Nov 26 The U.S. government has issued a proposal
that would likely increase risk payments in 2014 to health
insurers offering plans on the Obamacare exchanges after the
companies complained a recent policy change allowing people to
keep their insurance policies had changed the financial
The rule, published on Monday in the Federal Register,
lowered the threshold at which risk payments kick in for the
sickest health plan members. The government proposed paying
insurers 80 percent of claims greater than $45,000 in 2014.
Previously the lower limit was $60,000.
There is a 30-day comment period for the proposed rule.
In addition, the government has proposed a state-specific
adjustment for risk payments based on how many people in the
state extend their current polices, Citibank analyst Carl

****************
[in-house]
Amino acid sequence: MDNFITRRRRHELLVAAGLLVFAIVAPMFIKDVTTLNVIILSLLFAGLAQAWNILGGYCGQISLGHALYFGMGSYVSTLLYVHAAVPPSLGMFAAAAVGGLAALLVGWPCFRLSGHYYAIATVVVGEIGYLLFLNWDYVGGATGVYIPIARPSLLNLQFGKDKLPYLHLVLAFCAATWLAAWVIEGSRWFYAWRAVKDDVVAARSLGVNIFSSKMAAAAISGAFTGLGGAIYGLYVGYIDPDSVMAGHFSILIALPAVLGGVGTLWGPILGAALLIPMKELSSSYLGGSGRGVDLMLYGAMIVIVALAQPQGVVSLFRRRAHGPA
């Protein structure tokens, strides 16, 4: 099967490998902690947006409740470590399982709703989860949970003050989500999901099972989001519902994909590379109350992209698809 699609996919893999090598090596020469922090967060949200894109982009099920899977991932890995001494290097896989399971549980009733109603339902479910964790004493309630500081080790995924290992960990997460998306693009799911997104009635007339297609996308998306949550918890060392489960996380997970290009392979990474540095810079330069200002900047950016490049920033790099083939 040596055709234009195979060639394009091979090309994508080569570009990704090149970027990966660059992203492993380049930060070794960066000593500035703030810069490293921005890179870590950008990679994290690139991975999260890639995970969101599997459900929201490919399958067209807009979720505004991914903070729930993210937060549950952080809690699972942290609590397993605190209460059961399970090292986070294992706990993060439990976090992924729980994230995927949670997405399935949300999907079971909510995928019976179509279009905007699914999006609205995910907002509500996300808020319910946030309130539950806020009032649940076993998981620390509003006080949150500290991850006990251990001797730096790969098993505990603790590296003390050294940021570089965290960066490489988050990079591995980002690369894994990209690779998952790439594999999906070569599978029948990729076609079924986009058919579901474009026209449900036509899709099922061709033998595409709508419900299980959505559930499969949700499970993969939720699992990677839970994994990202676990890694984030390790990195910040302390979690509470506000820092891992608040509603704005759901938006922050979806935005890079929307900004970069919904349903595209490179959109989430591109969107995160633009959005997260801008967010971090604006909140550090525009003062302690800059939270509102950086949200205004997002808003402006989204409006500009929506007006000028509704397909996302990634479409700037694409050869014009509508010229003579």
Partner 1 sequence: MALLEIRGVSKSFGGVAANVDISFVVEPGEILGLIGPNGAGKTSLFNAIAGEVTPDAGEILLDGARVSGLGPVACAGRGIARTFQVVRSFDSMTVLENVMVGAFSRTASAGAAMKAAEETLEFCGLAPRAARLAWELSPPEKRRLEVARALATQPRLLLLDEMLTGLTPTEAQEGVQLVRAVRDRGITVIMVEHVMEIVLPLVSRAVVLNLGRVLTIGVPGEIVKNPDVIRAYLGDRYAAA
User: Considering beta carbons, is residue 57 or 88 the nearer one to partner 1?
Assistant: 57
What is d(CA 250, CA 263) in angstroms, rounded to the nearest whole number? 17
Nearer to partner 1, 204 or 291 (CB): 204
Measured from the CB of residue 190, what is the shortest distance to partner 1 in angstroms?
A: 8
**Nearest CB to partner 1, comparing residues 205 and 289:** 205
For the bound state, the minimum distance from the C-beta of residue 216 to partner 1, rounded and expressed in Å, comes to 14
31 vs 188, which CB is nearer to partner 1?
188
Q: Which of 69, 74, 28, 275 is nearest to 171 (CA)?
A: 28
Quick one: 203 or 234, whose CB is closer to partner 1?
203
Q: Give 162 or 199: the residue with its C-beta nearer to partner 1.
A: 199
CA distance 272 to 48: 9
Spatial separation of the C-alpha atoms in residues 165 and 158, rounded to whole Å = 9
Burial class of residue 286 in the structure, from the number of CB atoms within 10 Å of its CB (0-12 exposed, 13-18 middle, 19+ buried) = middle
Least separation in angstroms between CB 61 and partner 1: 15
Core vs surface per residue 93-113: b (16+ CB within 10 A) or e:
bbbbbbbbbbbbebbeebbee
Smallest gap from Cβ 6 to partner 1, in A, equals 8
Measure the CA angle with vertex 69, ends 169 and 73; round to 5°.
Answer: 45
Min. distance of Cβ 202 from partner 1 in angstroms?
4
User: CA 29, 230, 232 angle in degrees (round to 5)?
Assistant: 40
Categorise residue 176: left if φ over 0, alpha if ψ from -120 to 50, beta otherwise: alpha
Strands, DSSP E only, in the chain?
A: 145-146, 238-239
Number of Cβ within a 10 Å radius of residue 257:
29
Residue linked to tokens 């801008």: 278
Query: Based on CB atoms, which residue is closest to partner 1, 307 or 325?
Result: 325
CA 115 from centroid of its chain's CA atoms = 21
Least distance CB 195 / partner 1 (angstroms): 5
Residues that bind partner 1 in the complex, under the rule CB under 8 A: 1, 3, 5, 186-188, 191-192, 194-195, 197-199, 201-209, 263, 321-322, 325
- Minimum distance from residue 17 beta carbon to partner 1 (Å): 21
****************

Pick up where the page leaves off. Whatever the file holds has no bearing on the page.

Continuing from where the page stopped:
McDonald explained in a research note.
The exchanges are being created as part of President Barack
Obama's healthcare reform law. An estimated 7 million people are
expected to sign up.
Insurers including Aetna Inc, Humana Inc,
WellPoint Inc, Cigna Corp, UnitedHealth Inc
and Molina Healthcare Inc have all offered plans
on the state-based exchanges.
"Whether good or bad, it's always worth pointing out that
most of the publicly traded plans have little existing exposure
to the individual market, while the exchange participation of
several plans is quite limited in 2014," McDonald wrote.
As an incentive for participating in the exchanges, the
insurers were promised certain risk payments for the first three
years to help offset uncertainty about the health of
Technology problems on the exchange have slowed enrollment
significantly, calling into question whether insurers will get
the mix of healthy and sick people on which they had based their
When Obama announced a plan about two weeks ago to allow
individuals to keep their current plans longer, insurers
complained it would remove even more people from the pool of
applicants and asked for adjustments to the risk payments.